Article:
The European Data Protection Board Opines on President Biden’s Executive Order on Enhancing Safeguards for US Signals Intelligence Activities

The European Data Protection Board Opines on President Biden’s Executive Order on Enhancing Safeguards for US Signals Intelligence Activities

After a two year absence of a data privacy law framework for transferring personal data from the EU to the U.S., President Biden signed an Executive Order on Enhancing Safeguards for United States Signals Intelligence Activities (the "Order") on October 7, 2022, that will usher in a new EU-U.S. Data Privacy Framework (the "Framework").

The Framework will regulate how US intelligence agencies may collect data from EU citizens and create new mechanisms to address EU citizens' claims that personal information was collected or handled in violation of the Framework.

The Framework, which was first announced as an agreement in principle by Biden and European Commission President, Ursula von der Leyen in March 2022, is intended to re-establish the legal regime governing trans-Atlantic data flows, after the previous regime, the Privacy Shield, was invalidated in July 2020 by the Court of Justice of the European Union ("CJEU") ruling in the Schrems II case.

Although the Executive Order authorises implementation measures for this new Framework under U.S. law, ultimately, the European Commission will now need to issue an adequacy opinion to approve the Framework.

The Framework is anticipated to be formally adopted by the EU in the summer. However, it's likely to be made on the condition that the US Government implements all the new requirements, which may take a while.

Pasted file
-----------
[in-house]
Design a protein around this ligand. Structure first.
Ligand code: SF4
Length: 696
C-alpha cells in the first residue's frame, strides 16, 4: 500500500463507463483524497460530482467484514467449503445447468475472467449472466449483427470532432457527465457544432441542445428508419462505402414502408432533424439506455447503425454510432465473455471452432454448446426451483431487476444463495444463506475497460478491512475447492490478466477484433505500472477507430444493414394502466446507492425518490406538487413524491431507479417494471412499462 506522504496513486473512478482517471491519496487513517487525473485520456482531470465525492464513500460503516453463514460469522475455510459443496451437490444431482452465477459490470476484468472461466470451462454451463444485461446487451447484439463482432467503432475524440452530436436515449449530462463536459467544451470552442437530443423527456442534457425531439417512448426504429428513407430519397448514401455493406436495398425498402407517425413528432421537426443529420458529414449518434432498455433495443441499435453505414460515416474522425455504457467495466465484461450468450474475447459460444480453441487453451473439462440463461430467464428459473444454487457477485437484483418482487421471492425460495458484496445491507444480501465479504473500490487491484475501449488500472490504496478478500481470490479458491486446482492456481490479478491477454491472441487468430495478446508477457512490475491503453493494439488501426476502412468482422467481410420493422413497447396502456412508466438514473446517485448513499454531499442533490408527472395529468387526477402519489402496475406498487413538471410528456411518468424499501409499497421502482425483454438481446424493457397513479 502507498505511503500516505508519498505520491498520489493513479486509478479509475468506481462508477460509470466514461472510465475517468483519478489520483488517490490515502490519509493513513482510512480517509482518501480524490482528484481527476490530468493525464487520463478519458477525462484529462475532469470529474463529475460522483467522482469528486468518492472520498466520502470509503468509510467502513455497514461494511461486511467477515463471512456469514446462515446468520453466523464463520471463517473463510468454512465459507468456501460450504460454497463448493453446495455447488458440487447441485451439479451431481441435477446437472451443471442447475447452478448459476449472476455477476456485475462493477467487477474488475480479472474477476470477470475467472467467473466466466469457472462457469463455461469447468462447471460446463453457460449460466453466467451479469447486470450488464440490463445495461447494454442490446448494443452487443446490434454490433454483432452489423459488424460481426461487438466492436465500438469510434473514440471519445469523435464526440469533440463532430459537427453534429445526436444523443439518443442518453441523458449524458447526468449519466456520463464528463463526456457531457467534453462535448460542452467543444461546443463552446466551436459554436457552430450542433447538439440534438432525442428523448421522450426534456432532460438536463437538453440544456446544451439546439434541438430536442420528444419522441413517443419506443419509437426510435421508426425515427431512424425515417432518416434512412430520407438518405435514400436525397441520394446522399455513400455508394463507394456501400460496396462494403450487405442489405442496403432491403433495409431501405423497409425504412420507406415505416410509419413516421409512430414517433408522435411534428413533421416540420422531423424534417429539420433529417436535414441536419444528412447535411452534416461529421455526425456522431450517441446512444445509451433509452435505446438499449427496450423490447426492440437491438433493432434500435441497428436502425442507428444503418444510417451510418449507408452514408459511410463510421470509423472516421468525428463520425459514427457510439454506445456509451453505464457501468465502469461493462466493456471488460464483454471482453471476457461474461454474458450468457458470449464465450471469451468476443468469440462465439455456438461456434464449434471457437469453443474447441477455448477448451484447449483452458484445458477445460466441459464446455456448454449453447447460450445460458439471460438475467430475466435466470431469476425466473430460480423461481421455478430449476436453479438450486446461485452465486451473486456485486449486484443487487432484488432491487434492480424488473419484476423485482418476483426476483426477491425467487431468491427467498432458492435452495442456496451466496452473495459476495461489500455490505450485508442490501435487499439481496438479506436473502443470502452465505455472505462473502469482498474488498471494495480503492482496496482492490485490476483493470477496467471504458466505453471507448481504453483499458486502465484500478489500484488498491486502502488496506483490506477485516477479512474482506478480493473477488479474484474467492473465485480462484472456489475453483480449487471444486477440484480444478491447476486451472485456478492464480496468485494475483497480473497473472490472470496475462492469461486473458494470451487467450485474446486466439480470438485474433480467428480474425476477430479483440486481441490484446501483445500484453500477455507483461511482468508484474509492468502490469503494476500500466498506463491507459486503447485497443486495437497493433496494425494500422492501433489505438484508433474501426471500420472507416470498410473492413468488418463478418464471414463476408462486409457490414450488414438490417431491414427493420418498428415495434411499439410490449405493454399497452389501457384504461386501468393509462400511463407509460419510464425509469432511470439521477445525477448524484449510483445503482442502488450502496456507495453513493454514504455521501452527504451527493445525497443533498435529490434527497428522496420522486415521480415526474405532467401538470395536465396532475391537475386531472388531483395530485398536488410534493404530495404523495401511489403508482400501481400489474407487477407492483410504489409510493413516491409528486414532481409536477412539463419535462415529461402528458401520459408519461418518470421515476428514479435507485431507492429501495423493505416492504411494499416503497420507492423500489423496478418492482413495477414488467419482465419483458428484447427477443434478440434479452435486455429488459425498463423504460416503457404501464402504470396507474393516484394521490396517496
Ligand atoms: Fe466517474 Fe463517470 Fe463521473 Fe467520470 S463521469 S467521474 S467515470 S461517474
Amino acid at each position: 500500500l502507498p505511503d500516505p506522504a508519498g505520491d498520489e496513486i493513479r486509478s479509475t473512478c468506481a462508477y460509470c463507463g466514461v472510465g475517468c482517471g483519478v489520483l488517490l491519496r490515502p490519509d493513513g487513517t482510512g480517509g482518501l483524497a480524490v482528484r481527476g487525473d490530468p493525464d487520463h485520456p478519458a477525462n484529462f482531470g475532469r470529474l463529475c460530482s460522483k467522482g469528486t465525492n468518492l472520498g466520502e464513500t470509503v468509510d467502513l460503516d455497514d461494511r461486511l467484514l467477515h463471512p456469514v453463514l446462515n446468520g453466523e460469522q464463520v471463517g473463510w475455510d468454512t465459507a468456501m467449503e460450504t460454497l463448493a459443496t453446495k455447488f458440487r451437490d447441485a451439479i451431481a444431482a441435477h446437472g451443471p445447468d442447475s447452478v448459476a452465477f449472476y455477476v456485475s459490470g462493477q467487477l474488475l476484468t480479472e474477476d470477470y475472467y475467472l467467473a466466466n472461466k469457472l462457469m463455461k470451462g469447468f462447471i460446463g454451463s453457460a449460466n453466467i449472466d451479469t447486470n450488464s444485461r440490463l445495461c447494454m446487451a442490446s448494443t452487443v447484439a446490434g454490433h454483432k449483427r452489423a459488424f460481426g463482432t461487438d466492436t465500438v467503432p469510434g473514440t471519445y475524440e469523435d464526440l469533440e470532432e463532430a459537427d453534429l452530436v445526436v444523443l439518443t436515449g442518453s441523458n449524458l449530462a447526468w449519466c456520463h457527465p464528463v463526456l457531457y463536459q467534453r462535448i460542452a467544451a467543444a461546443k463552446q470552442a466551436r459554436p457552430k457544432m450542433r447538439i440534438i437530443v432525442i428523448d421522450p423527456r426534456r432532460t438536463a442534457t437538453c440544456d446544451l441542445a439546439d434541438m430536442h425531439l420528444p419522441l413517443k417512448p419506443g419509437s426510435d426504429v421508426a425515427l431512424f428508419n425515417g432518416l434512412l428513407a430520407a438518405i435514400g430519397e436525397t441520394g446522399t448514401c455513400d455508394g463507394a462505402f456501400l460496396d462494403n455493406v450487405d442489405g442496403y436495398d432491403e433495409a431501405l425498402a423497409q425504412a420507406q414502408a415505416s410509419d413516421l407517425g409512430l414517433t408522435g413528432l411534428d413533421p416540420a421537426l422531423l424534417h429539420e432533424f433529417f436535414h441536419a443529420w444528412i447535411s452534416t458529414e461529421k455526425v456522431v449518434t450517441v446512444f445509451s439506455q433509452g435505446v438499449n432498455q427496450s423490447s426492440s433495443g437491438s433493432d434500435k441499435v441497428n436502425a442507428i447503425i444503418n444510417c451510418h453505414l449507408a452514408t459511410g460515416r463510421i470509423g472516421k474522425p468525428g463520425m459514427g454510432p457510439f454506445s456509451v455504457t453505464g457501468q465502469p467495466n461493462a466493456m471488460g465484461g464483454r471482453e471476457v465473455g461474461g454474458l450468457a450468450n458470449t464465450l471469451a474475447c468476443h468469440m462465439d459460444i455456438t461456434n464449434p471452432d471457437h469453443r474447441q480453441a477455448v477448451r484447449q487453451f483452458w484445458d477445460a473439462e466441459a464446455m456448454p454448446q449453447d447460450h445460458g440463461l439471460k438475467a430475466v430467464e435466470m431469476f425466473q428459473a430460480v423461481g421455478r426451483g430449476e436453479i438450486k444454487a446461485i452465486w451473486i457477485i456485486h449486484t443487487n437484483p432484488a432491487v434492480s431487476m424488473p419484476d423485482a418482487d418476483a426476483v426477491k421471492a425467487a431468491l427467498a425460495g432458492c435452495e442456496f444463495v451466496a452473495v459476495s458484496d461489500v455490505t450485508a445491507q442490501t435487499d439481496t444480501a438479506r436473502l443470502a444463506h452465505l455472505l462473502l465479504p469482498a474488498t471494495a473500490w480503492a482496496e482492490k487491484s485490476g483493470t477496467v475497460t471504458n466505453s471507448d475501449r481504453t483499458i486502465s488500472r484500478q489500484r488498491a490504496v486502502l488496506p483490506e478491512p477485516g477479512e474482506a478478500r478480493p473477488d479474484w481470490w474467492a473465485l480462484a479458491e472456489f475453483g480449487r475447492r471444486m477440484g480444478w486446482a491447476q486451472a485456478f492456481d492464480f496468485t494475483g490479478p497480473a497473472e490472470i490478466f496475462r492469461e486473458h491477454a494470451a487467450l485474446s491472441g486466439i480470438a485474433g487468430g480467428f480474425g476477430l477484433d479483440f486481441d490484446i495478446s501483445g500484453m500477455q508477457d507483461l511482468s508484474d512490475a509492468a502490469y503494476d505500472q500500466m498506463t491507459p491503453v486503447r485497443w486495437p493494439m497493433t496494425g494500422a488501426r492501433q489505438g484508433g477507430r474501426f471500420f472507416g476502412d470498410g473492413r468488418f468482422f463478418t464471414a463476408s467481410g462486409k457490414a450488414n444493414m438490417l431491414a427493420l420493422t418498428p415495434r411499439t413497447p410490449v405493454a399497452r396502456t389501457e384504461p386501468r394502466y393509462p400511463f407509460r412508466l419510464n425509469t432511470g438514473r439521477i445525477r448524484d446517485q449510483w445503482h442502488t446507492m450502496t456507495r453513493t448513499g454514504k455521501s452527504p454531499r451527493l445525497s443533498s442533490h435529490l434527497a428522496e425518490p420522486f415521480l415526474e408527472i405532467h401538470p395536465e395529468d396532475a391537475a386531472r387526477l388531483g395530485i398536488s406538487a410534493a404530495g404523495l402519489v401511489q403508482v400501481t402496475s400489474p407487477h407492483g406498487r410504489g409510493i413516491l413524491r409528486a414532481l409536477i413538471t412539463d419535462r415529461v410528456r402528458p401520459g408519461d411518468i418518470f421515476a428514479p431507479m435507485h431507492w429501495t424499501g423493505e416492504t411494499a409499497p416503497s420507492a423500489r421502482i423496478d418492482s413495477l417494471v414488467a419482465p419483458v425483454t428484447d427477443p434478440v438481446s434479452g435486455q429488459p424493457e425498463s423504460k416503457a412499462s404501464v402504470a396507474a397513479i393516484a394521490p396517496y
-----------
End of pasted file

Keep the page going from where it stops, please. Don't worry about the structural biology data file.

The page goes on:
Under the first step of that approval process, the European Data Protection Board (EDPB) has agreed the measures introduced by the Executive Order achieve two things:

  • It goes a long way towards addressing the GDPR compliance issues highlighted in the Schrems ruling with respect to the US Government's bulk collection of EU originating personal data.
  • It forms the bedrock of the new data protection framework that will eventually deem the US an 'adequate' country from an EU data protection law perspective.

The EDPB, which brings together the data protection supervisory authorities of all EU member states, flagged specific concerns that will need to be resolved prior to the EU's formal adoption of the Framework including (but not limited to):

  • Improving the data protection principles to be observed by US data importers in relation to handling EU originating personal data (currently a copy and paste of the principles of the previously invalidated Privacy Shield framework).
  • Evaluating the US Government's response to redress requests made by EU citizens, in relation to bulk data collection.


The new Framework will fill a significant gap and promises to provide businesses greater legal certainty in transferring EU personal data to the U.S. — for example, to cloud services providers. Moreover, approval by the European Commission will signal that U.S. privacy law protections are sufficient for transferring personal data to the U.S.

In the meantime ForgeRock will continue to help customers with managing their GDPR compliance obligations by offering EU standard contractual clauses backed up by Transfer Impact Assessments.